The Archaeology Dig Workshop, the Skirball's most popular family attraction, is held monthly, with the next sessions being scheduled for September 12 and October 17. Children (ideally 8 years old and up) are charged $5 each to participate; all youngsters must be accompanied by a parent. Because space is limited, advance reservations should be made by calling 310-440-4636. Be sure to bring along sunscreen, a water bottle and a spirit of adventure: it's hot, thirsty work out there in the Skirball desert. -- Beverly Gray, Education Editor
Westside JCC to get $1 million grant to renovate, expand
By Ruth Stroud, Staff Writer
Just six months ago, the Westside Jewish Community Center appeared to be on the brink of selling its landmark 44-year-old building in the Fairfax area and moving elsewhere. Last week, executives of the Jewish Community Centers of Greater Los Angeles (JCC/LA), the Westside JCC's parent organization, signed an agreement to receive a $1 million grant from the Baltimore-based Harry and Jeanette Weinberg Foundation. The money is being donated with the understanding that another $2 million will be raised by the end of 1999 to finance the necessary renovation and expansion of the Westside JCC. About $1.5 million has already been pledged toward the projected $4.5 million overall cost attached to the project.
"It's just absolutely terrific," said Westside JCC Board President Dr. Beverly Siegal. "We expected to raise the money, but this just makes a nice way of kicking off the campaign."
"We want Westside to be as it once was -- the flagship of Jewish Community Centers in Los Angeles," added JCC/LA Board President David Aaronson. "These funds will help bring it back to its glory days."
The renovation and expansion is expected to begin this fall and take place over the next 24 to 36 months. The center, its preschool and all other activities will continue with minimal disruption throughout, said Hillary Selvin, senior assistant executive director of JCC/LA and WJCC director.
Plans include a new after-school program at the center's preschool (kicking off immediately); a teen center; an academy dedicated to communications, performing arts and fine arts; an expanded senior adult center; and a general overhaul of the aging facility, which opened in 1954 and doesn't even have an elevator.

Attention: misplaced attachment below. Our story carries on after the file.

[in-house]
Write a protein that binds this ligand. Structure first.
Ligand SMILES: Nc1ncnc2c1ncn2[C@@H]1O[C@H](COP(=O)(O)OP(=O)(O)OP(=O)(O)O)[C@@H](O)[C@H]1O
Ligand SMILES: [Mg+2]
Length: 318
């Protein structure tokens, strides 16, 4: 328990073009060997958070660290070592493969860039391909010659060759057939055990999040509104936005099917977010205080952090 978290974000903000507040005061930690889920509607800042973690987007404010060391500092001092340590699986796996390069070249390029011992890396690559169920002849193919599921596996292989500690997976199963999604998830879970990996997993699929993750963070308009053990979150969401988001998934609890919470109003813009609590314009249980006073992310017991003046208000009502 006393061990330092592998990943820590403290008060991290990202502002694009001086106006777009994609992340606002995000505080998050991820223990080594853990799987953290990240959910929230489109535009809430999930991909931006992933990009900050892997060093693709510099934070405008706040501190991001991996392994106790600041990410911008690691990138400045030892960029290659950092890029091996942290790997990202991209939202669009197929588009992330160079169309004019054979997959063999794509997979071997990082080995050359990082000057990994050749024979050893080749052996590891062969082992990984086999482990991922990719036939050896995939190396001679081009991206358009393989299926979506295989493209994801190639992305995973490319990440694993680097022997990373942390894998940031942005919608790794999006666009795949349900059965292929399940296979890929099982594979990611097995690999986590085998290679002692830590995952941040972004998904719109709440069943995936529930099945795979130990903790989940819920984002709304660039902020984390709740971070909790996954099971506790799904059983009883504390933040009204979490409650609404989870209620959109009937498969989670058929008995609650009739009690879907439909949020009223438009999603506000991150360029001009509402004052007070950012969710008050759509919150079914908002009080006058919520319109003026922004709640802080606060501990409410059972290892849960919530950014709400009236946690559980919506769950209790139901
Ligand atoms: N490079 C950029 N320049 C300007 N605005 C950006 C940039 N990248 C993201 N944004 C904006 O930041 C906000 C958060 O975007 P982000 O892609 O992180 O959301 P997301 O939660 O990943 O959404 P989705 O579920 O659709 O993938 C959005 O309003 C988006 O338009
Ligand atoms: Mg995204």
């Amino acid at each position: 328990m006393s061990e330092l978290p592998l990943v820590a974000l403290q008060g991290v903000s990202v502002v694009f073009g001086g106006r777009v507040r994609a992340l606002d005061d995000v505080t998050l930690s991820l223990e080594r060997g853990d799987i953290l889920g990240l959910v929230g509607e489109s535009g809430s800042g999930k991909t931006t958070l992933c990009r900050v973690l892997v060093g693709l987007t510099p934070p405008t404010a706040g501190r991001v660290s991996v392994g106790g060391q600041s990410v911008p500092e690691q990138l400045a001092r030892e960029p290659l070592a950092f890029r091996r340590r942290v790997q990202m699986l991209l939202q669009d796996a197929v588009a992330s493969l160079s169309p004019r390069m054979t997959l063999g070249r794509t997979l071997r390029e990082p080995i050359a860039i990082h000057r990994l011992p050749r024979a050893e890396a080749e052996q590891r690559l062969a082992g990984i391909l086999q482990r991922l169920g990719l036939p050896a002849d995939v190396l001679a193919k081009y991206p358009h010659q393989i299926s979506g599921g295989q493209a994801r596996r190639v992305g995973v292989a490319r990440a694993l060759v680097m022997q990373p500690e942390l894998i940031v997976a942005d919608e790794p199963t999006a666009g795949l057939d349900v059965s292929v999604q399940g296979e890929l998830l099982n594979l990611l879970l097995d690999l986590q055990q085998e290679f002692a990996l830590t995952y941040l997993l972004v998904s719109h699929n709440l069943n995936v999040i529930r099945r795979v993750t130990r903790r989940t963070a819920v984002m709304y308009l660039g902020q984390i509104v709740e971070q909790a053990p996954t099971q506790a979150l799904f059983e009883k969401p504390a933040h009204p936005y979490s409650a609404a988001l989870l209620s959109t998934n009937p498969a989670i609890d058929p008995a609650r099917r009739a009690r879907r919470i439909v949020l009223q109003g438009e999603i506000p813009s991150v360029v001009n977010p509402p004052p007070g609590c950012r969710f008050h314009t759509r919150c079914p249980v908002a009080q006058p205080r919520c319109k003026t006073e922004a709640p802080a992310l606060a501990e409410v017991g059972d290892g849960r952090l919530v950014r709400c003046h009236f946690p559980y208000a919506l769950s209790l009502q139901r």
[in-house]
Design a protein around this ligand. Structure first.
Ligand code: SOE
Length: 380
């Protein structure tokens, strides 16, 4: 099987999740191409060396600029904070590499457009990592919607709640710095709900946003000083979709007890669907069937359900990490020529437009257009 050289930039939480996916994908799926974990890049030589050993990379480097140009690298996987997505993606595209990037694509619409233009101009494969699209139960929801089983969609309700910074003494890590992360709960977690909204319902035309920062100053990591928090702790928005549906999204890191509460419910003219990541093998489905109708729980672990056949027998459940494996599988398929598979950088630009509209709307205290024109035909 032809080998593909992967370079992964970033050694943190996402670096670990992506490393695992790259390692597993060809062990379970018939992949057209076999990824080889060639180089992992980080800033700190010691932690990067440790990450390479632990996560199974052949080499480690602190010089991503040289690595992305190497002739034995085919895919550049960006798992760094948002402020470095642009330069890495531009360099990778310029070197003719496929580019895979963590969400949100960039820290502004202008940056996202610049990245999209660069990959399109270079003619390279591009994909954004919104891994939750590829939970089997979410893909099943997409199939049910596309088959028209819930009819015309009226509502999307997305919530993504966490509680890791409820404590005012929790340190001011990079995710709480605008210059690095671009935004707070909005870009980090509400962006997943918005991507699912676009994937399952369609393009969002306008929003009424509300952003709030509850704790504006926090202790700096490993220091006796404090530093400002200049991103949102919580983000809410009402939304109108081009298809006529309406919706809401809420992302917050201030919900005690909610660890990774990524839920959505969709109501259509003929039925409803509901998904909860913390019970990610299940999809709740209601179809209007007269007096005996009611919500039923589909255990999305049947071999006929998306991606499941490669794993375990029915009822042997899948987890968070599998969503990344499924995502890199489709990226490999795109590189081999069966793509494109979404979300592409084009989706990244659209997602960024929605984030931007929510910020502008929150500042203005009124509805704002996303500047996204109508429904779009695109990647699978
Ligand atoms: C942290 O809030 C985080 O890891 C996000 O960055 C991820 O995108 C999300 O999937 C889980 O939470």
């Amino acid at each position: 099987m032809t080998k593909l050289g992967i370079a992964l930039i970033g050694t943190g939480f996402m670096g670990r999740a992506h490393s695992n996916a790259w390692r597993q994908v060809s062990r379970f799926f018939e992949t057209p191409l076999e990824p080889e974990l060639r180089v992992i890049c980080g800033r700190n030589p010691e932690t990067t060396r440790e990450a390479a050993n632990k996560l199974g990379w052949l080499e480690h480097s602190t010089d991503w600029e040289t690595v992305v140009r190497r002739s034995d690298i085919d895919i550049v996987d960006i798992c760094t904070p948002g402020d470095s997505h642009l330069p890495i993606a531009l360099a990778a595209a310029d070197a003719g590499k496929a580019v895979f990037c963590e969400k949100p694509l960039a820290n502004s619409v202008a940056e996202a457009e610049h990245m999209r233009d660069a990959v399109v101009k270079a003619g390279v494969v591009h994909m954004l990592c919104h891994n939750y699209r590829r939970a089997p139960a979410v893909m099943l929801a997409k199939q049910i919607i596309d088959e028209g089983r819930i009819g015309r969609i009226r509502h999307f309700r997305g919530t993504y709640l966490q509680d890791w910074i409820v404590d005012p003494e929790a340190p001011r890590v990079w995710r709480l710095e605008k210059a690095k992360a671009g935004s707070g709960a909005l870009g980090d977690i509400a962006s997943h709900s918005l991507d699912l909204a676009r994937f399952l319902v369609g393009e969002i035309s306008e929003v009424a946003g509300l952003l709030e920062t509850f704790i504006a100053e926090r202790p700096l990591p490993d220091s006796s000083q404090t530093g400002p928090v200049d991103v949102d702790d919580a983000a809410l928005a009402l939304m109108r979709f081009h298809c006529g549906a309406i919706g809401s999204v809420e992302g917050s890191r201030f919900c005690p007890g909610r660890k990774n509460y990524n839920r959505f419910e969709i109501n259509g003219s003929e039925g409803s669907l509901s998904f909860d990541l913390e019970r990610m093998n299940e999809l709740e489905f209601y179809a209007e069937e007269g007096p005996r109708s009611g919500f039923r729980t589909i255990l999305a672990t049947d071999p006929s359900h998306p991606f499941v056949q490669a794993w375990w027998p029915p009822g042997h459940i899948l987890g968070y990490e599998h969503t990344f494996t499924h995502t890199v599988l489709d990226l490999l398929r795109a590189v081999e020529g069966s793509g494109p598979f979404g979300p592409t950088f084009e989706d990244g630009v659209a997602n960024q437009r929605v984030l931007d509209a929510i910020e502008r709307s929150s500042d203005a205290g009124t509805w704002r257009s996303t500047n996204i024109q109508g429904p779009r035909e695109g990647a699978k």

Despite demographic trends that show some shifting of the Jewish community toward the west, the area surrounding the Westside JCC, which is located just east of Fairfax Avenue on Olympic Boulevard, is still home to the largest -- and probably most diverse -- concentration of Jews in the greater Los Angeles, noted JCC/LA Executive Director Jeffrey Rouss.
Shalhevet High School, housed at the JCC since its founding six years ago, made an offer to buy the JCC, but will now end up departing the site. Rouss said he hopes to give the school "the best last year" at the facility that he can, but expects them to leave July 1, 1999, although they may still decide to lease some of the JCC's recreational facilities.
The Harry and Jeanette Weinberg Foundation is a $1 billion philanthropic organization that helped finance the JCC/LA's new Emma Stern Senior Adult Center at Camp JCA Sholom in Malibu. Nancy Bell and Helene Seifer, both past presidents of the WJCC board, will co-chair the capital campaign. For more information, call (323) 938-2531, ext. 2208.
President of the Jewish Community Centers of Greater Los Angeles (JCC/LA) David Aaronson (seated); with Westside Jewish Community Center President Beverly Siegal and Jeff Rouss, executive vice president of JCC/LA.